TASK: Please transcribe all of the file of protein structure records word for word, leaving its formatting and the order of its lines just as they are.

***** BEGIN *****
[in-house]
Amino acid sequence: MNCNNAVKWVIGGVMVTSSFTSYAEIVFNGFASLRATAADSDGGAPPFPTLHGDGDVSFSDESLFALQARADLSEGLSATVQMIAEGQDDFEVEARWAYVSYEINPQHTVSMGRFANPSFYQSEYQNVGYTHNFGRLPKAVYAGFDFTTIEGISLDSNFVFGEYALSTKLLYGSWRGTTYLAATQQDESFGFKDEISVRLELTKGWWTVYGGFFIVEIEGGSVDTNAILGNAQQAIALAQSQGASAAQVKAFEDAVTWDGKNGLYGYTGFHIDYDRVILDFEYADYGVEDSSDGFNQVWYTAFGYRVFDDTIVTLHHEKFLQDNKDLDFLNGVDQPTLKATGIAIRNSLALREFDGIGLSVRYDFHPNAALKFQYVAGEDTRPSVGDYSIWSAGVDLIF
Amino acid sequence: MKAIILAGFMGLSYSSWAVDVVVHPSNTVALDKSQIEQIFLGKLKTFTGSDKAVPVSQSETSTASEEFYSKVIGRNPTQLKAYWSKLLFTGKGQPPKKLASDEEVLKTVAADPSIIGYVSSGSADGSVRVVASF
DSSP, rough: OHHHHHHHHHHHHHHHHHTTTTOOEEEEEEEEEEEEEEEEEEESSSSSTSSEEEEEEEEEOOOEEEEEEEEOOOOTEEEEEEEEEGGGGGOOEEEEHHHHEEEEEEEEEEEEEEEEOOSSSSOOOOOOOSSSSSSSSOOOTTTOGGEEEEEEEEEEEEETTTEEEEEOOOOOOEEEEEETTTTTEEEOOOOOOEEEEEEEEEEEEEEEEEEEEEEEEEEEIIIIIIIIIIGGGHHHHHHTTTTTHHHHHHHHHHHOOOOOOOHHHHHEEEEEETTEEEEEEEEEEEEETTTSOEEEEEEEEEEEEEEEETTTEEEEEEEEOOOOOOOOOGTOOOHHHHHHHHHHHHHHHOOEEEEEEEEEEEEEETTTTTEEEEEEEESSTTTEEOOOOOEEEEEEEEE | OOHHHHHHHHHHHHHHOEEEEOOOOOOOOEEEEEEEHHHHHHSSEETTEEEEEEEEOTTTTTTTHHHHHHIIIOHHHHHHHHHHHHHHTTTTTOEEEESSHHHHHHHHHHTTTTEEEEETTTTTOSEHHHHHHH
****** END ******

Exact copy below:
[in-house]
Amino acid sequence: MNCNNAVKWVIGGVMVTSSFTSYAEIVFNGFASLRATAADSDGGAPPFPTLHGDGDVSFSDESLFALQARADLSEGLSATVQMIAEGQDDFEVEARWAYVSYEINPQHTVSMGRFANPSFYQSEYQNVGYTHNFGRLPKAVYAGFDFTTIEGISLDSNFVFGEYALSTKLLYGSWRGTTYLAATQQDESFGFKDEISVRLELTKGWWTVYGGFFIVEIEGGSVDTNAILGNAQQAIALAQSQGASAAQVKAFEDAVTWDGKNGLYGYTGFHIDYDRVILDFEYADYGVEDSSDGFNQVWYTAFGYRVFDDTIVTLHHEKFLQDNKDLDFLNGVDQPTLKATGIAIRNSLALREFDGIGLSVRYDFHPNAALKFQYVAGEDTRPSVGDYSIWSAGVDLIF
Amino acid sequence: MKAIILAGFMGLSYSSWAVDVVVHPSNTVALDKSQIEQIFLGKLKTFTGSDKAVPVSQSETSTASEEFYSKVIGRNPTQLKAYWSKLLFTGKGQPPKKLASDEEVLKTVAADPSIIGYVSSGSADGSVRVVASF
DSSP, rough: OHHHHHHHHHHHHHHHHHTTTTOOEEEEEEEEEEEEEEEEEEESSSSSTSSEEEEEEEEEOOOEEEEEEEEOOOOTEEEEEEEEEGGGGGOOEEEEHHHHEEEEEEEEEEEEEEEEOOSSSSOOOOOOOSSSSSSSSOOOTTTOGGEEEEEEEEEEEEETTTEEEEEOOOOOOEEEEEETTTTTEEEOOOOOOEEEEEEEEEEEEEEEEEEEEEEEEEEEIIIIIIIIIIGGGHHHHHHTTTTTHHHHHHHHHHHOOOOOOOHHHHHEEEEEETTEEEEEEEEEEEEETTTSOEEEEEEEEEEEEEEEETTTEEEEEEEEOOOOOOOOOGTOOOHHHHHHHHHHHHHHHOOEEEEEEEEEEEEEETTTTTEEEEEEEESSTTTEEOOOOOEEEEEEEEE | OOHHHHHHHHHHHHHHOEEEEOOOOOOOOEEEEEEEHHHHHHSSEETTEEEEEEEEOTTTTTTTHHHHHHIIIOHHHHHHHHHHHHHHTTTTTOEEEESSHHHHHHHHHHTTTTEEEEETTTTTOSEHHHHHHH